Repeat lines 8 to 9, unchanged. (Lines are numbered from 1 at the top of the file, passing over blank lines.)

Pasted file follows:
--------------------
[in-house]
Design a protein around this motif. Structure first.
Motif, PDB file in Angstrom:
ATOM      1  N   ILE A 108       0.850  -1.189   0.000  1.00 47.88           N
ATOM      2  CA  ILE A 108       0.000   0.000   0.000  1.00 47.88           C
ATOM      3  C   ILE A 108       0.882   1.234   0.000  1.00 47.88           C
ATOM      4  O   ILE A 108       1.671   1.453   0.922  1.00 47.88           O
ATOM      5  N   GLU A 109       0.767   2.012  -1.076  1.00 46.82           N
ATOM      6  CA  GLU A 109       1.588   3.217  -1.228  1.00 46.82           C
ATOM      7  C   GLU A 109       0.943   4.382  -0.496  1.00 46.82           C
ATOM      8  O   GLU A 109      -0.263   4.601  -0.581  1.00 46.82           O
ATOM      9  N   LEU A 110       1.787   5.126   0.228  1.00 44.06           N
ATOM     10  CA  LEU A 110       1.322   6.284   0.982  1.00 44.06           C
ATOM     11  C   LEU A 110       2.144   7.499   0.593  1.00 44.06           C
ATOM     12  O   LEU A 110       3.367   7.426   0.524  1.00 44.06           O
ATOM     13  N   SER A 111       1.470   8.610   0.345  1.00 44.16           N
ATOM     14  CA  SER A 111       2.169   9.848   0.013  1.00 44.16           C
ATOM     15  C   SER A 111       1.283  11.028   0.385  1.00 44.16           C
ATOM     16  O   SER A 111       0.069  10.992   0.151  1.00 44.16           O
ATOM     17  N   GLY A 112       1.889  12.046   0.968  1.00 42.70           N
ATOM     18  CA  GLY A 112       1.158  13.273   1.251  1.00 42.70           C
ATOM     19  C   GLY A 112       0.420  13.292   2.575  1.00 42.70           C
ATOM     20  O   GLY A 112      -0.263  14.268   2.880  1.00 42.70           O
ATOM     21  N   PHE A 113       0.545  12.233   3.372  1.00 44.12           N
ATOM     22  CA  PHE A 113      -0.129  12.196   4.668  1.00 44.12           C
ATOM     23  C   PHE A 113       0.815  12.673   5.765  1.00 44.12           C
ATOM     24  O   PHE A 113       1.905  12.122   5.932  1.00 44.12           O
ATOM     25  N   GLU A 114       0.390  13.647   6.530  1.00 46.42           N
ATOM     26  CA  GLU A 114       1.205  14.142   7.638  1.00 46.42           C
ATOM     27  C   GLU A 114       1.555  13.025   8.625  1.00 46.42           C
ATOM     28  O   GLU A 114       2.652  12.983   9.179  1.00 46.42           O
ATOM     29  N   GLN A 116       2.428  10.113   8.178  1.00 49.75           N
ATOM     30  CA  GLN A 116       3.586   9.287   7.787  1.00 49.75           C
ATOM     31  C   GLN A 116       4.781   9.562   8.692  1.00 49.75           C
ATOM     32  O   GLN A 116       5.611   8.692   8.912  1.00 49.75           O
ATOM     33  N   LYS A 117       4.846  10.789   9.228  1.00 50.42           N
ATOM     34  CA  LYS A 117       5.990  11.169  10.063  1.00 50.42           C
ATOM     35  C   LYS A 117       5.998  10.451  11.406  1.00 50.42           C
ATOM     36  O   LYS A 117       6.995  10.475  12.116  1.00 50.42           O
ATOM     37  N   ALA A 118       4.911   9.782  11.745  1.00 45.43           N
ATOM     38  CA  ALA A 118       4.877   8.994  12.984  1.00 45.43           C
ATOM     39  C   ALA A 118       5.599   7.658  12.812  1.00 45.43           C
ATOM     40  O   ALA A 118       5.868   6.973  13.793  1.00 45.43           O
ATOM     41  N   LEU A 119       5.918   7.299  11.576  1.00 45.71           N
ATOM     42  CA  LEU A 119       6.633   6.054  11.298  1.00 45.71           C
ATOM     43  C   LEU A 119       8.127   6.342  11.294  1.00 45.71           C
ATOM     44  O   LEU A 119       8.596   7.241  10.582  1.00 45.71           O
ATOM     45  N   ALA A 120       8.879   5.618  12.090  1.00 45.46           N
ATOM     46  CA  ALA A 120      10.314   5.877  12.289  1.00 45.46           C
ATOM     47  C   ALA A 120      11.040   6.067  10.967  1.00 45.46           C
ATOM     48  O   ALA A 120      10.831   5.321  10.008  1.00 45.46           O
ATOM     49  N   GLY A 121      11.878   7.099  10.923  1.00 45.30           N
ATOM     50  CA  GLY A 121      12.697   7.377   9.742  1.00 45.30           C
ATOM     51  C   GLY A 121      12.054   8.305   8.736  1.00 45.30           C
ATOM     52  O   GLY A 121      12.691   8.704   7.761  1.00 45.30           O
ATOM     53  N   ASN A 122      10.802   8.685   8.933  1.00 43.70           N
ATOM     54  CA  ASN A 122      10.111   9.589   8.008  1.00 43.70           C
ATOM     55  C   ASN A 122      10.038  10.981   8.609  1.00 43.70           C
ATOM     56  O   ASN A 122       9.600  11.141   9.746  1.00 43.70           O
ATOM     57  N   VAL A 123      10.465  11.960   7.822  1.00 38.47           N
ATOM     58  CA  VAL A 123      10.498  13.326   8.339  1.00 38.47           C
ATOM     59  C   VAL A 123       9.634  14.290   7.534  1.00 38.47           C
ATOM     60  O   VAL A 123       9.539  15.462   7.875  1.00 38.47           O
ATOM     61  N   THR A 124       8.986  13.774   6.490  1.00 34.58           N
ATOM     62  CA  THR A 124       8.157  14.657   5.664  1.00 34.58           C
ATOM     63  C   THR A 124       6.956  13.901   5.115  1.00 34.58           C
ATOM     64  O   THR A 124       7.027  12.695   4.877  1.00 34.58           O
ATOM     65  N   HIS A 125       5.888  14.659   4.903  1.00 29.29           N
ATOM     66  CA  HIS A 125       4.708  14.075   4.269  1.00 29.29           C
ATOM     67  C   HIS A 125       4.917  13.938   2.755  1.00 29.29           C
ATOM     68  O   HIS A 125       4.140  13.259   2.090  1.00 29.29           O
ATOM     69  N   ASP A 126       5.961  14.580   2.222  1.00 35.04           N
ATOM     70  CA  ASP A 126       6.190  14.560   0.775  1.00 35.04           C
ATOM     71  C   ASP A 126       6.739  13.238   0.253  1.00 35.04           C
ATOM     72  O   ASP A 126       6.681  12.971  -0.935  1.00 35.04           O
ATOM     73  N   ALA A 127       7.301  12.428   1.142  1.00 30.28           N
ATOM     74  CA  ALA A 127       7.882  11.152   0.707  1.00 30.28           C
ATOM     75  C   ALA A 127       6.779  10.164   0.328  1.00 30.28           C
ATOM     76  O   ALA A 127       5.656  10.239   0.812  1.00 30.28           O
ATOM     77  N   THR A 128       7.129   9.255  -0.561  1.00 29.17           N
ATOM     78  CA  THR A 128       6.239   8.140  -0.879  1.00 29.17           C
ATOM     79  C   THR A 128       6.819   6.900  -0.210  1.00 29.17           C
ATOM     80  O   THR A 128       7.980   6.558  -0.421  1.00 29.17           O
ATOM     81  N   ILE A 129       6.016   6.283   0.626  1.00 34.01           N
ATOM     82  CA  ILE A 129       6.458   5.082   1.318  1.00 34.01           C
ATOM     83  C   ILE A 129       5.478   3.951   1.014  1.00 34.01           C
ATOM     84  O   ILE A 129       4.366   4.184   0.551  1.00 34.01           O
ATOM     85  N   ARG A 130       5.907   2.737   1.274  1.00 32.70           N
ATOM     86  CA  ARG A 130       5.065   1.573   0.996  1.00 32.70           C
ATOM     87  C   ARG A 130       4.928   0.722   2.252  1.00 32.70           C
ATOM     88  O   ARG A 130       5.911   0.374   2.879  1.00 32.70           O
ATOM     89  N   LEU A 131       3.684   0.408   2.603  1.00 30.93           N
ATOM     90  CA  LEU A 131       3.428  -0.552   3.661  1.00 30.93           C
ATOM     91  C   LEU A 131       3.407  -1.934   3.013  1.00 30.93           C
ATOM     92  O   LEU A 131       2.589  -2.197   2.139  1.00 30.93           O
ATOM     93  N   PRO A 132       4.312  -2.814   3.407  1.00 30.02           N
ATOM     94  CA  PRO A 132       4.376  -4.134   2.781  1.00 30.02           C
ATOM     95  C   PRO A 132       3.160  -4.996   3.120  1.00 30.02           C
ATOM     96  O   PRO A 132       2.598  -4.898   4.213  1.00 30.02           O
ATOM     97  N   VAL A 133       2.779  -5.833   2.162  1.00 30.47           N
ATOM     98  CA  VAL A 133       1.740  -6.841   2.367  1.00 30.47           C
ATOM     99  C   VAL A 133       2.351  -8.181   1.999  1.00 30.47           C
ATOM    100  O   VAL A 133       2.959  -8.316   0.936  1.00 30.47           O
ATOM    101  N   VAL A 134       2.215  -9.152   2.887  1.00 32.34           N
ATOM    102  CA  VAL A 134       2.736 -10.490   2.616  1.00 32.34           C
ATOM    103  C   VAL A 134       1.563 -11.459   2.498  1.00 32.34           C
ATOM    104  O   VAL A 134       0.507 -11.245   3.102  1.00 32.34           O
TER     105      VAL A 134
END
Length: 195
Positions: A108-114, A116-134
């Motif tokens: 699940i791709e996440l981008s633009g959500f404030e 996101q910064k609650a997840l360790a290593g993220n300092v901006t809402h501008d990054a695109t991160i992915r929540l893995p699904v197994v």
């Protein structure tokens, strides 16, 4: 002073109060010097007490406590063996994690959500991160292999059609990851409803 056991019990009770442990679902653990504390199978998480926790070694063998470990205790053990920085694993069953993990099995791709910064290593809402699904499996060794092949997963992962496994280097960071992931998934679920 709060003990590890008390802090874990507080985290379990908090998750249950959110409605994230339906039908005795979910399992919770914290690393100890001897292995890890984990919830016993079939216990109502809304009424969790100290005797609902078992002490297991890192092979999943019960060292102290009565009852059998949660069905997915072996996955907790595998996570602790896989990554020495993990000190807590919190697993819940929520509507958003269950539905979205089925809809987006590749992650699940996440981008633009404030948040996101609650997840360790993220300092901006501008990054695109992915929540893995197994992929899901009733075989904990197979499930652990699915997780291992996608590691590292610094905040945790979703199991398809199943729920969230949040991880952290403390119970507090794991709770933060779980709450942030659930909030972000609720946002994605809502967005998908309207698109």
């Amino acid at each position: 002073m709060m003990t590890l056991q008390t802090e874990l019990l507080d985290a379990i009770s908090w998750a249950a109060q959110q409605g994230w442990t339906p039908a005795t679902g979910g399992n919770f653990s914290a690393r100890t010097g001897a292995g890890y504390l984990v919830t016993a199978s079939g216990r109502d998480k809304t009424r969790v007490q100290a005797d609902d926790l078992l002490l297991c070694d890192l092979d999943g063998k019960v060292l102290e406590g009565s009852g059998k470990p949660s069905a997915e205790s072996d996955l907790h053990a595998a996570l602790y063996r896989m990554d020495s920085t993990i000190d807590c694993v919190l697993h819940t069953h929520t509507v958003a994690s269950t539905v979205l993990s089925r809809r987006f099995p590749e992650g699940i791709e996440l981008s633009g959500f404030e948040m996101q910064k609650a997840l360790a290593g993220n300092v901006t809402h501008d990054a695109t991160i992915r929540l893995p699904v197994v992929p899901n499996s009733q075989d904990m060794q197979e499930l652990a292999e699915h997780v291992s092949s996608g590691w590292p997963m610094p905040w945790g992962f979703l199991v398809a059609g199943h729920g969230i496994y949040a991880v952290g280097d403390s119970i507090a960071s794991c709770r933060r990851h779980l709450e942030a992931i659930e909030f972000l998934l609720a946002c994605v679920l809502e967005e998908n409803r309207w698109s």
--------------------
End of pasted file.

ATOM      5  N   GLU A 109       0.767   2.012  -1.076  1.00 46.82           N
ATOM      6  CA  GLU A 109       1.588   3.217  -1.228  1.00 46.82           C